Bolton Wanderers: Football’s Wackiest Club

It’s the longest 48 hours in sporting history.  For that was the time scale given just after Sports Shield, the consortium fronted by Dean Holdsworth, announced an interest in buying Bolton Wanderers.  That was last year.

Deano is still around and the number of other groups wishing to buy the club varies between zero and three depending on the day of the week.  Former player Stelios was mentioned at one point, but decided that the Greek economy was a better bet.

The proposed new badge. There are unresolved copyright issues

The proposed new badge. There are unresolved copyright issues

At first it was thought that the interested parties had seen the books and didn’t like the numbers, but now it’s turns out that none of them have offered enough money to even see the figures.  Owner Eddie Davies and his sidekick Trevor Birch, the Dastardly and Muttley of Championship football, originally wanted £15 million, but will take £1 now, providing the debts are covered, which means the final purchase price will be 85p with an option on a Greenhalgh’s pasty.

Still, parts of the business has been jettisoned.  Some of the car parks were disposed of a while back, and others are rumoured to follow, whilst the offices went in order to pay off the equivalent of a £5 million pay day loan.  Should absent chairman Phil Gartside return to his post then he’ll be housed in a Portokabin next to the hamburger stand on Lostock Lane whilst board meetings will take place at the nearby Wacky Warehouse.

Attempts to offload the few players that can be put on the market without raising a laugh, have been less successful.  Josh Vela was going to Cardiff for £450,000.  Then he wasn’t.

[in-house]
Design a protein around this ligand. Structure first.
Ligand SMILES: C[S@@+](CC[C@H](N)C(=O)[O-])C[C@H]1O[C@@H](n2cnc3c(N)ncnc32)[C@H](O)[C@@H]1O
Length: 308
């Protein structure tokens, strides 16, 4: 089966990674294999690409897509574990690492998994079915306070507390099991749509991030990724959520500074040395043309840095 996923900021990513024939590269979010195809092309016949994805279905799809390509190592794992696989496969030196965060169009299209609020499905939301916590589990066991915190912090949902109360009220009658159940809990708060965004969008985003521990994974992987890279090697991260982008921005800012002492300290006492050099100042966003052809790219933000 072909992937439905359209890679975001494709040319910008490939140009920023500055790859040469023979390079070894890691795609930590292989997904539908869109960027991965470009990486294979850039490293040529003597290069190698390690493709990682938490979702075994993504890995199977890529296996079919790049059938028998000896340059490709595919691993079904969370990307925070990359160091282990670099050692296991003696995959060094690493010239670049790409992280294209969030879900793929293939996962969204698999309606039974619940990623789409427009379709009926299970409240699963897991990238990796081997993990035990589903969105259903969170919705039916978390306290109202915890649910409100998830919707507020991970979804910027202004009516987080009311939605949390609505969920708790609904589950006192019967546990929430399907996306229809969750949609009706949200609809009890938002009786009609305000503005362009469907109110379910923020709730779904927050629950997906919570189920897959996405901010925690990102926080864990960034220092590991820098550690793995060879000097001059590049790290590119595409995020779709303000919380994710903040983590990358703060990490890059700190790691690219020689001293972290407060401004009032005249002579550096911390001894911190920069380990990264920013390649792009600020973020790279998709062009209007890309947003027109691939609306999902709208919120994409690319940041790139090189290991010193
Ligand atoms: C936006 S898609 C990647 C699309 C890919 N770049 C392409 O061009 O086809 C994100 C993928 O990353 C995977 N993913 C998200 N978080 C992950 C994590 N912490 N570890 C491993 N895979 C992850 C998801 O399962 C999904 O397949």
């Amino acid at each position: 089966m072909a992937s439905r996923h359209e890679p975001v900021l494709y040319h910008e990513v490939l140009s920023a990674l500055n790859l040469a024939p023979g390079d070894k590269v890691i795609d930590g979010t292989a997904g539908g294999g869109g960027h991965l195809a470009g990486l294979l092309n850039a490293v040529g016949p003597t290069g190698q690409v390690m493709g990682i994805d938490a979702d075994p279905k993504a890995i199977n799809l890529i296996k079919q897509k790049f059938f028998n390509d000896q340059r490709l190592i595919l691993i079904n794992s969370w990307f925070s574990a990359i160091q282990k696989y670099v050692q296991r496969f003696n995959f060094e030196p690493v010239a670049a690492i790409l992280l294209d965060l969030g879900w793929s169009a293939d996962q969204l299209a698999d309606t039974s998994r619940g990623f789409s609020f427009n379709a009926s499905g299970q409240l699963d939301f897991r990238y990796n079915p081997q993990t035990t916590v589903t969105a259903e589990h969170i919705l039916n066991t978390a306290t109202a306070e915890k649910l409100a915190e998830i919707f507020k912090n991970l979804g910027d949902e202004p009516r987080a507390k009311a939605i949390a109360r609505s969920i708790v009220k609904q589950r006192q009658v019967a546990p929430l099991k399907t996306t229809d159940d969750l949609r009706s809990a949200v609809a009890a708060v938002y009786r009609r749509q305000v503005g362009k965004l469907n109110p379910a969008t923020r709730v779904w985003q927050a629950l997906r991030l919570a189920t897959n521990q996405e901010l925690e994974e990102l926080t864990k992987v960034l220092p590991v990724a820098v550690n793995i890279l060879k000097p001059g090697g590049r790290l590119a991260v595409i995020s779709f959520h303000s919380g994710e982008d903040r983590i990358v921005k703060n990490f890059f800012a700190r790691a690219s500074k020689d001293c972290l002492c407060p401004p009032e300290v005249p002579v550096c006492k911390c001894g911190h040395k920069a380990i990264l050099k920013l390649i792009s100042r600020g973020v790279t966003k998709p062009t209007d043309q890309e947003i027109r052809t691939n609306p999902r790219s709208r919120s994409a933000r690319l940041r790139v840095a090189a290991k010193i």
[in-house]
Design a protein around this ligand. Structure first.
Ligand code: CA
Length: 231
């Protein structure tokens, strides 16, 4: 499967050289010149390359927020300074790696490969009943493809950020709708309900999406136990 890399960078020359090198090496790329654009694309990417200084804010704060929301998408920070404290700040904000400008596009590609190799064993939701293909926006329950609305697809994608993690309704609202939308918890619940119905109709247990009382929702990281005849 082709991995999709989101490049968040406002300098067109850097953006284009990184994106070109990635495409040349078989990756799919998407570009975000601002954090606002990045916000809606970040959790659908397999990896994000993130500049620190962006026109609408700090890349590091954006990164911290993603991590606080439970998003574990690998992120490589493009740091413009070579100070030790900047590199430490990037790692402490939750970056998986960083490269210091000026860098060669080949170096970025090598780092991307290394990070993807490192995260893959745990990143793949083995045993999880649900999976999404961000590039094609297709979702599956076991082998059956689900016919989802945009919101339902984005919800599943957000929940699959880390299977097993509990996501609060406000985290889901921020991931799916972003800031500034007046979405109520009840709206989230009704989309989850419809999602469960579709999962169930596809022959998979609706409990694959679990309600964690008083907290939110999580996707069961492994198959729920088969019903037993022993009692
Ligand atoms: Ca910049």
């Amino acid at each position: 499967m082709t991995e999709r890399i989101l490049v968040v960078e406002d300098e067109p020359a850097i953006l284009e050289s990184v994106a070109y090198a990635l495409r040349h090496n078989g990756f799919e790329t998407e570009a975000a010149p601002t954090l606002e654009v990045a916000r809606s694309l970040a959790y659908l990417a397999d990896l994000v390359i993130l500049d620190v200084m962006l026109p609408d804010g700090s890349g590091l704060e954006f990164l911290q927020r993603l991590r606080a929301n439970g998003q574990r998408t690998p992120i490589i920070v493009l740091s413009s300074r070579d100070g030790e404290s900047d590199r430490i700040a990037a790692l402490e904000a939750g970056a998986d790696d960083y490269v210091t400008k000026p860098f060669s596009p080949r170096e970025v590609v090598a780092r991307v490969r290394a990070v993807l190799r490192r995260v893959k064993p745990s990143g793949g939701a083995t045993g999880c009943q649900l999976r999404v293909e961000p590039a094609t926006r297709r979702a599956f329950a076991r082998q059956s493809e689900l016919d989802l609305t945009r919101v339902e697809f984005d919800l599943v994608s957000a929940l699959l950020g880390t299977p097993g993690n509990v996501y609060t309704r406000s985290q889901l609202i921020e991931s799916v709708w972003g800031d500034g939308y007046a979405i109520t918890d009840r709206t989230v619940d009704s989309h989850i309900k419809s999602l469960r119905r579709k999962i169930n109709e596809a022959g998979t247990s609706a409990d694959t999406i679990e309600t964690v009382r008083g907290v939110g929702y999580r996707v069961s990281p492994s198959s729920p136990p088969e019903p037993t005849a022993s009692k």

Zac Clough. Not popular in Bristol

Zac Clough. Not popular in Bristol

Zac Clough was on his way to Bristol City.  Oh no he wasn’t.  Oh yes he was, but for a reduced fee.  Now it seems that Young Zac has turned down a move as he doesn’t fancy living in a place where everyone looks and sounds like Wallace and Gromit.

A bid of £750,000 was accepted for Mark Davies from Sheffield Wednesday, but personal terms, surrounding his fast food allowance could not be agreed.  There was also a complication.  Whites fans are used to mini Davo going missing during games, but it seemed he’d vanished altogether according to Neil Lennon.

“I’ve not seen Mark Davies since Thursday,” said the Ginger Sex Beast.  A hint Neil:  Look in the treatment rooms at the Macron, if the club still owns them, or the nearest branch of McDonalds.

Why do players need to be sold? To keep out of administration of course.  Or to pay the fees when going into administration.  No one seems quite sure.

The staff were paid last month – eventually, with help from the PFA.  What happens on the next wage run is anyone’s guess.   Unfortunately, there’s a £2 million tax demand that remains unattended to, which HMRC takes a dim view of, unless you’re Starbucks, Amazon, Google or anyone else big enough to stick two fingers up at them.

Not that you’d have known there was a problem back in November when hints of how bad the situation was began to emerge.

Whilst the club acknowledges it is going through a challenging time, there have been no threats to any staff jobs in the immediate future. After consistent backing from owner Eddie Davies, the club continues to seek fresh investment in what is a difficult and challenging economic climate.” ran a statement on the official site.  Backing from Owner Ed got a little less consistent just after that.

However, for entirely misplaced complacency, those words pale in comparison to Gartside’s, just after relegation from the Premier League.

We’ve got a fantastic benefactor in Eddie Davies, who happens to come from Bolton which is an asset. We’ve got a very small bank debt. We’ve got a £10 million overdraft with Barclays. In fact Barclays raised that this year to £15 million. The rest of the debt is better described as equity because it’s Eddie’s debt, he doesn’t get interest on it and he’s there for the long term.”

Yeah, right.

– Richard McCormick



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